Decision-making and social network support around ending unwanted pregnancies using misoprostol in Lagos state, Nigeria

Grace Kumolu Melissa Stillman, Guttmacher Institute Onikepe Owolabi, Guttmacher Institute Akinrinola Bankole, Guttmacher Institute Ann M. Moore, Guttmacher Institute Akanni Akinyemi, Center for Research, Evaluation Resources and Development (CRERD) Adesegun Fatusi, Guttmacher Institute

First published on African Journal of Reproductive Health:

Abstract / Summary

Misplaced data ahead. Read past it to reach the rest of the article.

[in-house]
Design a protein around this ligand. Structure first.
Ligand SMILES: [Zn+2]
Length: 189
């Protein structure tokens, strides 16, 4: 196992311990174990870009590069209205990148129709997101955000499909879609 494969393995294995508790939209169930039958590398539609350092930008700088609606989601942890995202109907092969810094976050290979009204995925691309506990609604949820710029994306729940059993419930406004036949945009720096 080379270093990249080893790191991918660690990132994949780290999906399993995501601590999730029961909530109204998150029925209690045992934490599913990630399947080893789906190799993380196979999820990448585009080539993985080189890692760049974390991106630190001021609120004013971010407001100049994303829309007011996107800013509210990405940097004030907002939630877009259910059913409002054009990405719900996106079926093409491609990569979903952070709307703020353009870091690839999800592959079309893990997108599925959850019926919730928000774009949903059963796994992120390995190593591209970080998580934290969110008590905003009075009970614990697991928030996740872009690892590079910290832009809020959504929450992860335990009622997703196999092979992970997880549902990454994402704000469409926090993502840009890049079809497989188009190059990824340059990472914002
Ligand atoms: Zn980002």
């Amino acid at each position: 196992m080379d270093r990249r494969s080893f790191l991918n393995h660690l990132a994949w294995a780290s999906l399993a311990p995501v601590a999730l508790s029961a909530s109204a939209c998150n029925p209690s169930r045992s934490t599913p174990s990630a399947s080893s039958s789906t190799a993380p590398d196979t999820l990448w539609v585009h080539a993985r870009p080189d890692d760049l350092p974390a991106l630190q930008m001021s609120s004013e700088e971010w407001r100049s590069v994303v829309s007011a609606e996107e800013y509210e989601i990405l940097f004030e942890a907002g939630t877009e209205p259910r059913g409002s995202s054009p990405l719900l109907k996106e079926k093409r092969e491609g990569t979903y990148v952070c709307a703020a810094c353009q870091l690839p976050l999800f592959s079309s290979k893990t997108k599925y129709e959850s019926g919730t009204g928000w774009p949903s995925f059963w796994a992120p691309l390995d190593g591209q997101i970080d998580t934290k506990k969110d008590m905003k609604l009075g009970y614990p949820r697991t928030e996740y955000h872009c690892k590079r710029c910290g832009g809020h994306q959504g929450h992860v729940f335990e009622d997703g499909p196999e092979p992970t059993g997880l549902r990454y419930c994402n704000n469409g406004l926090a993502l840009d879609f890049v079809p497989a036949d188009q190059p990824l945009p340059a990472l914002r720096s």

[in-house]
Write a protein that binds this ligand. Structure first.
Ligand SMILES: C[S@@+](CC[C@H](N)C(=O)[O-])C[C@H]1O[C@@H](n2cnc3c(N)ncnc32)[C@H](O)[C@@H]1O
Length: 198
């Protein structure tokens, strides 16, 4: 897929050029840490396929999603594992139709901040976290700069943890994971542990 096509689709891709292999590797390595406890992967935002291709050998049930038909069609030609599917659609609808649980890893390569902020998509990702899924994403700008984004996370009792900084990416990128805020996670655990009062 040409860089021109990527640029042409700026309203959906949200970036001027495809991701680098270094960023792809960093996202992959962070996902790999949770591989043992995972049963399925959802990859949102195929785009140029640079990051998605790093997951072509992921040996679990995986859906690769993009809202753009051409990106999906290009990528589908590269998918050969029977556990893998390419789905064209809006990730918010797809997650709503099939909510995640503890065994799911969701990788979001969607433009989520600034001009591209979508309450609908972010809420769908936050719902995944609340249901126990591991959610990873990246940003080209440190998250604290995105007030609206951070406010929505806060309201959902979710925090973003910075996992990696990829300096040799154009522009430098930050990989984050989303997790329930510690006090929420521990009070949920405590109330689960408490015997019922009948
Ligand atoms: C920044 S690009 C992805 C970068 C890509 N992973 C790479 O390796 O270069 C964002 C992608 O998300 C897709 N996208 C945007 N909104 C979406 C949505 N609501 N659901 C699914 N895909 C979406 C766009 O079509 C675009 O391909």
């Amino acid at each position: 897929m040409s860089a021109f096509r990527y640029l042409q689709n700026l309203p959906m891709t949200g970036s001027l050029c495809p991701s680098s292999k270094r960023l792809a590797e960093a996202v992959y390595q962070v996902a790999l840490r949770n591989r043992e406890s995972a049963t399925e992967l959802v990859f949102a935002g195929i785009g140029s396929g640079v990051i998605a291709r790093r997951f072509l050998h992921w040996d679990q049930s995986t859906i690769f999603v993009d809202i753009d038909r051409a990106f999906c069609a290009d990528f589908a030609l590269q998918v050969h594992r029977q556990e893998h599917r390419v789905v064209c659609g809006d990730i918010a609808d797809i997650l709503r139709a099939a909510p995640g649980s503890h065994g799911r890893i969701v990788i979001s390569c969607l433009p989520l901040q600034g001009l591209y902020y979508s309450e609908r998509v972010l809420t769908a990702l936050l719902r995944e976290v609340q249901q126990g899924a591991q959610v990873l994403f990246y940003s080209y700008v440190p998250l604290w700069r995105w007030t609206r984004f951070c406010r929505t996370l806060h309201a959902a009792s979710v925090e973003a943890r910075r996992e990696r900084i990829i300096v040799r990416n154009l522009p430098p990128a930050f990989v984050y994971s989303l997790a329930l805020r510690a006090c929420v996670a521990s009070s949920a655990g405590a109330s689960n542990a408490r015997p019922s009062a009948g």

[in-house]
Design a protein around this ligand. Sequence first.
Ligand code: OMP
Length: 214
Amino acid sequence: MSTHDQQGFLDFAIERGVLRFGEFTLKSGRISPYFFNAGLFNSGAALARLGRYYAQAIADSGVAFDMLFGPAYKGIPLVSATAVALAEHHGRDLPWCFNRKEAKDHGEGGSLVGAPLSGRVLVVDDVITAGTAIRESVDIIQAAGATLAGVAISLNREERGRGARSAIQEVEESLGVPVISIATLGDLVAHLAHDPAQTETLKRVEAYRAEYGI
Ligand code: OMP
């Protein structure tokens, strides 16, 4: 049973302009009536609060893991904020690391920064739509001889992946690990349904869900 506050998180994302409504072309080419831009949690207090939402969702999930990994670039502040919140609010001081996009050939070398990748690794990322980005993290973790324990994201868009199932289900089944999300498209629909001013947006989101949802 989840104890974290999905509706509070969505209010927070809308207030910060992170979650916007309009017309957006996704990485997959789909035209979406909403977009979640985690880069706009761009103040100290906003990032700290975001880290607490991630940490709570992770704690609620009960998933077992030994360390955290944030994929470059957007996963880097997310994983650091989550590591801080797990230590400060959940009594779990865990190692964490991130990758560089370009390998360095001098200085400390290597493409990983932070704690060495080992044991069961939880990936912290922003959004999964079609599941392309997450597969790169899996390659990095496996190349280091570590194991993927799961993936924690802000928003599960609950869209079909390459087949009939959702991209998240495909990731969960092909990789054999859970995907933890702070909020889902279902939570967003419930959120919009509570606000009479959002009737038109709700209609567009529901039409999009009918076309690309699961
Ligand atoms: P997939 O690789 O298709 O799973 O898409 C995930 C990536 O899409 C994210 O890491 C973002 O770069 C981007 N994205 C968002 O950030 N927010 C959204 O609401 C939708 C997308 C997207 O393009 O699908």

Nigeria, with the largest population in Africa, has a restrictive abortion law, and a high rate of induced abortion. The objective of this study was to explore women’s decision-making process for self-managed abortions and the support they received from people in their network during the abortion process. Secondary data collected by Guttmacher Institute on misoprostol-containing medications to terminate a pregnancy in Lagos State was used for the study. Forty-nine percent of women visited a drug seller that they used frequently for other health problems; while 25% were referred to the drug seller by friends. Sixty-two percent of respondents reported confiding in at least one person who they trusted, from whom the majority reported receiving emotional support. Self-managed abortions are an increasingly important option for people, especially where abortion is legally restricted, and having support during the abortion process helps women manage their abortions.